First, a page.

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Some facts on the Occupy Fort Myers Movement

November 8, 2011
Pine Island Eagle

To the editor:

The last issue contained an ill-informed rant or, at worst, vicious slander concerning the Occupy Movement, President Obama, and a variety of other frustrations. Let's assume that the writer is simply mistaken. Others may be similarly misinformed. Since our president is doing just fine in his own defense I focus on what I know about the Occupy Movement, having joined in the Fort Myers effort. I'm 71 and spent 30 years as a research economist. I know something of political and economic history and how we got into this mess.

First, charges of trashing the park and stopping others using it - Nonsense. If the writer had actually visited us she would have seen 15 or so tents and pavilions fitting neatly in a tiny corner. Trash? None! Relations with police and the passers-by have been respectful and calm. Indeed, most visitors support our effort. Many have engaged in animated discussions. And we voluntarily and temporarily moved so that the Taste of Fort Myers could go on without distraction. Social Misfits? It surely applies to me, but for the most part these folks are employed and have to leave to go to work. Homeless? Well, there are some of these too-though I thought it might be a cause for pity, instead of attack. Occupy participants are very respectful of other's opinions and are mostly young with a sprinkling of older folks like me. They are very intelligent, if I do say so myself, and knowledgeable of what has really happened to our potentially great nation.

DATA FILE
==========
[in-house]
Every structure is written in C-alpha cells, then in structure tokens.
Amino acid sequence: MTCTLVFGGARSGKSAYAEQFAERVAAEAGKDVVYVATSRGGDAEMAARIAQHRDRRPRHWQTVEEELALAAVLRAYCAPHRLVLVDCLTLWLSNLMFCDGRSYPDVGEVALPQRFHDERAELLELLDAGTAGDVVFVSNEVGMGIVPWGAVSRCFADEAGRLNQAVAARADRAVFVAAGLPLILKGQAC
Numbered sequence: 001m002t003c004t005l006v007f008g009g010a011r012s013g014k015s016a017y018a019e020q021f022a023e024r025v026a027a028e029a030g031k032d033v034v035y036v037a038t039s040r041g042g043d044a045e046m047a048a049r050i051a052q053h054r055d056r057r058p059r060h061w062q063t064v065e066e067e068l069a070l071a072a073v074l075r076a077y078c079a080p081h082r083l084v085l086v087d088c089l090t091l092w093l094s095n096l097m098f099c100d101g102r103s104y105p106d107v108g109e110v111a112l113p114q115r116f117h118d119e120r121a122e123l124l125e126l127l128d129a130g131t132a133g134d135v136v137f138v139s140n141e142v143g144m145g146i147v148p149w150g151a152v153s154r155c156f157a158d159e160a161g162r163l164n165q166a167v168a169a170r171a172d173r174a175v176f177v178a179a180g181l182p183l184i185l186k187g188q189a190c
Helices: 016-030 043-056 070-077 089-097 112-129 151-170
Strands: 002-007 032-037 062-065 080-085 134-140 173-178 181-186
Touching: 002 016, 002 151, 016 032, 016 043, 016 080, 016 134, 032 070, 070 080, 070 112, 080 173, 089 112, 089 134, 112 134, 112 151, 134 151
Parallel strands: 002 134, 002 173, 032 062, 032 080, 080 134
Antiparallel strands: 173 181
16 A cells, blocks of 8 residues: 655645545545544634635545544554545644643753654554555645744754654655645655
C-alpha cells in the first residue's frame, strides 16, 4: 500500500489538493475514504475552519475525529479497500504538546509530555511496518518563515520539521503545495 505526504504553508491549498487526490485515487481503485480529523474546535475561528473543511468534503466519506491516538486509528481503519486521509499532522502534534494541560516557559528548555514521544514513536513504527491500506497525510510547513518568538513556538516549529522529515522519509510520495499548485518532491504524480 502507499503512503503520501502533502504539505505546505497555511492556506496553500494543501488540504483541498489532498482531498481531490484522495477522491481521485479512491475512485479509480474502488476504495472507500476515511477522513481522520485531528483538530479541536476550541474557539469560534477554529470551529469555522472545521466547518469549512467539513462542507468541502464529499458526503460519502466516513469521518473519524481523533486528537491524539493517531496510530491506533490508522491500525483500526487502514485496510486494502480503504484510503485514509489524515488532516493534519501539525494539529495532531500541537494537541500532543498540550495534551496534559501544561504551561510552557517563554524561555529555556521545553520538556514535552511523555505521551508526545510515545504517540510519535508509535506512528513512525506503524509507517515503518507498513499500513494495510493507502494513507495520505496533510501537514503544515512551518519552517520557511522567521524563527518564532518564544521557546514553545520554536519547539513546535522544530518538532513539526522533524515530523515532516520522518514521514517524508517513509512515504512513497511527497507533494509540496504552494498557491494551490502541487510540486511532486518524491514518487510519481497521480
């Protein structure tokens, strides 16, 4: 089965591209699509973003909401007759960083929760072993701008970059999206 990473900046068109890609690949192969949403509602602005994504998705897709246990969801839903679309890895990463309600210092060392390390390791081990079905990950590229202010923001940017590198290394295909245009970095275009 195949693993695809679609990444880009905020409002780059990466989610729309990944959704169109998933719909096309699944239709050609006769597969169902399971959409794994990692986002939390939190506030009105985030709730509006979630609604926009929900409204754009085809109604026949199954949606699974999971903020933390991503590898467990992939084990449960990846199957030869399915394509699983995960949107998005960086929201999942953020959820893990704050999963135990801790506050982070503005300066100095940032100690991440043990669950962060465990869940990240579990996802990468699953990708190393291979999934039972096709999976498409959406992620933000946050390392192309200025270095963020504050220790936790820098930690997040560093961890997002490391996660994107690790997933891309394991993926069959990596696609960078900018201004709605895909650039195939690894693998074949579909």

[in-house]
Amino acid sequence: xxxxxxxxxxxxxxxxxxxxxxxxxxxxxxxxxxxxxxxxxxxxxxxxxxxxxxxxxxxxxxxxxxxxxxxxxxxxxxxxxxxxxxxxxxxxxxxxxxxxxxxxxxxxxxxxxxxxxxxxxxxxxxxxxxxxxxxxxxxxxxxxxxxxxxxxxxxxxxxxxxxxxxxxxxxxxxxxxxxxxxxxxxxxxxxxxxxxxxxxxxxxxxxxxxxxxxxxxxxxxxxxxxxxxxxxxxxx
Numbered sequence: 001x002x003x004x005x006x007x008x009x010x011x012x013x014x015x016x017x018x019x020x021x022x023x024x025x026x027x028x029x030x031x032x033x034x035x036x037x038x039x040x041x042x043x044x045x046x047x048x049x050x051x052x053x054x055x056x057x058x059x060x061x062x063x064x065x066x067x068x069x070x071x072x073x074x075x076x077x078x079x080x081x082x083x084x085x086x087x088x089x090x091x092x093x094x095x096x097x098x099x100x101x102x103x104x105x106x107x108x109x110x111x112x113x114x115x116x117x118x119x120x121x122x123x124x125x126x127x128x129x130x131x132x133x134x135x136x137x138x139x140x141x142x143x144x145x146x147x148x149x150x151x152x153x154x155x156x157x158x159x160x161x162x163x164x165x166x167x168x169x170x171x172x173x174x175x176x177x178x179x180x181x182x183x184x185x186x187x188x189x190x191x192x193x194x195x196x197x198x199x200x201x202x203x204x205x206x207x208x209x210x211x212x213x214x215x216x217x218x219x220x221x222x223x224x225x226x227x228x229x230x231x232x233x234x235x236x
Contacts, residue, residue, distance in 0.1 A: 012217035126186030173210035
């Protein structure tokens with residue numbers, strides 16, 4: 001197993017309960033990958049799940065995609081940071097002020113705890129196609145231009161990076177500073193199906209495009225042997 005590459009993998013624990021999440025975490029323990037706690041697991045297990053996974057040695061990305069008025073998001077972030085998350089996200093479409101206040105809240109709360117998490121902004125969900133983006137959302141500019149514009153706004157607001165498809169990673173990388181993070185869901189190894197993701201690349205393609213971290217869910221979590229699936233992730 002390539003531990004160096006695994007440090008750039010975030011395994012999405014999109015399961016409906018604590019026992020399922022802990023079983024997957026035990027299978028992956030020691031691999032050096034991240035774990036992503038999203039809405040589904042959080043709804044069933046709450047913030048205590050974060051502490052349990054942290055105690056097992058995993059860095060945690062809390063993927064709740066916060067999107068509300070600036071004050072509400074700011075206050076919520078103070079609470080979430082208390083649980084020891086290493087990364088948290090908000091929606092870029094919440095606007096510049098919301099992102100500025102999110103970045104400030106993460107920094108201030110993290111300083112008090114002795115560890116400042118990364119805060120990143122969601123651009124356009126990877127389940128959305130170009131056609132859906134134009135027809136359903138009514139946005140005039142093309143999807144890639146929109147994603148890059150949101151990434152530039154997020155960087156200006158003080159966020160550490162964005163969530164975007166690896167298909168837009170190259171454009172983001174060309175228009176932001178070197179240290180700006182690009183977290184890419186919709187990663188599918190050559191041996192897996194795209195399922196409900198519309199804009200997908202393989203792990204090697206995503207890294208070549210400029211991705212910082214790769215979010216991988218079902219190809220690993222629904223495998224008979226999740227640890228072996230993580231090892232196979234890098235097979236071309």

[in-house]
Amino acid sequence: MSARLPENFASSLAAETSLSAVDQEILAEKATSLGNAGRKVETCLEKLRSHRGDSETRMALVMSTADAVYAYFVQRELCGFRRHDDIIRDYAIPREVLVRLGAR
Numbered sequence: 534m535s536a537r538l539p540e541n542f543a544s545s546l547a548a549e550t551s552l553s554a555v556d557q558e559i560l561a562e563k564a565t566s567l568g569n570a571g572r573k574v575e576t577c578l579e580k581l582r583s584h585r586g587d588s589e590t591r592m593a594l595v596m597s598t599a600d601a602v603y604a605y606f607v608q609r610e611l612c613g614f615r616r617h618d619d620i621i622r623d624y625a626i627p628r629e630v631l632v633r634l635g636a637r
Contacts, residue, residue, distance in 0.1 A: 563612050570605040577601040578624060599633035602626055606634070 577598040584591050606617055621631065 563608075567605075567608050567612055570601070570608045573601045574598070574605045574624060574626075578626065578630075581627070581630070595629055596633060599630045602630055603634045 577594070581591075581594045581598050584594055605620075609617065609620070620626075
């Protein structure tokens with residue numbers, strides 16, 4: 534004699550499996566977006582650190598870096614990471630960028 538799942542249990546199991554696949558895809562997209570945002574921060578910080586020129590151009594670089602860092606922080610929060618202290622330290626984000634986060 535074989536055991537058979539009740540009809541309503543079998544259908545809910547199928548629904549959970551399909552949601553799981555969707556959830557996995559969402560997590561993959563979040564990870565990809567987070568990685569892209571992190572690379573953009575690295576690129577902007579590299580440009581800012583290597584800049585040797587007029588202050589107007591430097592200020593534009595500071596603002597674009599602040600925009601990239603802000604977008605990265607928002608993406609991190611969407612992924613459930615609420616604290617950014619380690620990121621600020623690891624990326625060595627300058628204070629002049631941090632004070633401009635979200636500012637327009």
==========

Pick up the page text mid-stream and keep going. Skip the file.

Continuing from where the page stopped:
Of the efforts to dismiss the numbers of people who are participating and what they might represent, one web site - Occupy Together.Org- estimates about 360 demonstrations world-wide, most in the U.S. One can get the web addresses of these to check them out. But of course, the unanswered question is how many in the U.S. sympathize with our efforts. Here the numbers are much larger but they cannot all participate as their families or jobs rule out actually occupying anything. Their full effect has yet to be seen-but count on it growing.

Killing Capitalists?? An outrageous lie. The movement has non-violence as one of its principles, though some across the U.S. and abroad have taken another path. Then, too, one cannot rule out provocateurs. No capitalists have been killed as far as I know. On the other hand, it's easy to document the real casualties among the 99 percent of us that resulted from many-certainly not all - corporate efforts over decades. Regardless, corporations are attacked by this movement not for their positive role in organizing production in the modern world, but for those corporations that use their money-power to corrupt/influence/purchase the governing process. We recognize that Incorporation as a means of limiting liability was an invention at least as important as "the wheel." Indeed, we are all capitalists, though many don't realize it. Similarly, we value a proper banking system, yet severely criticize many of their practices.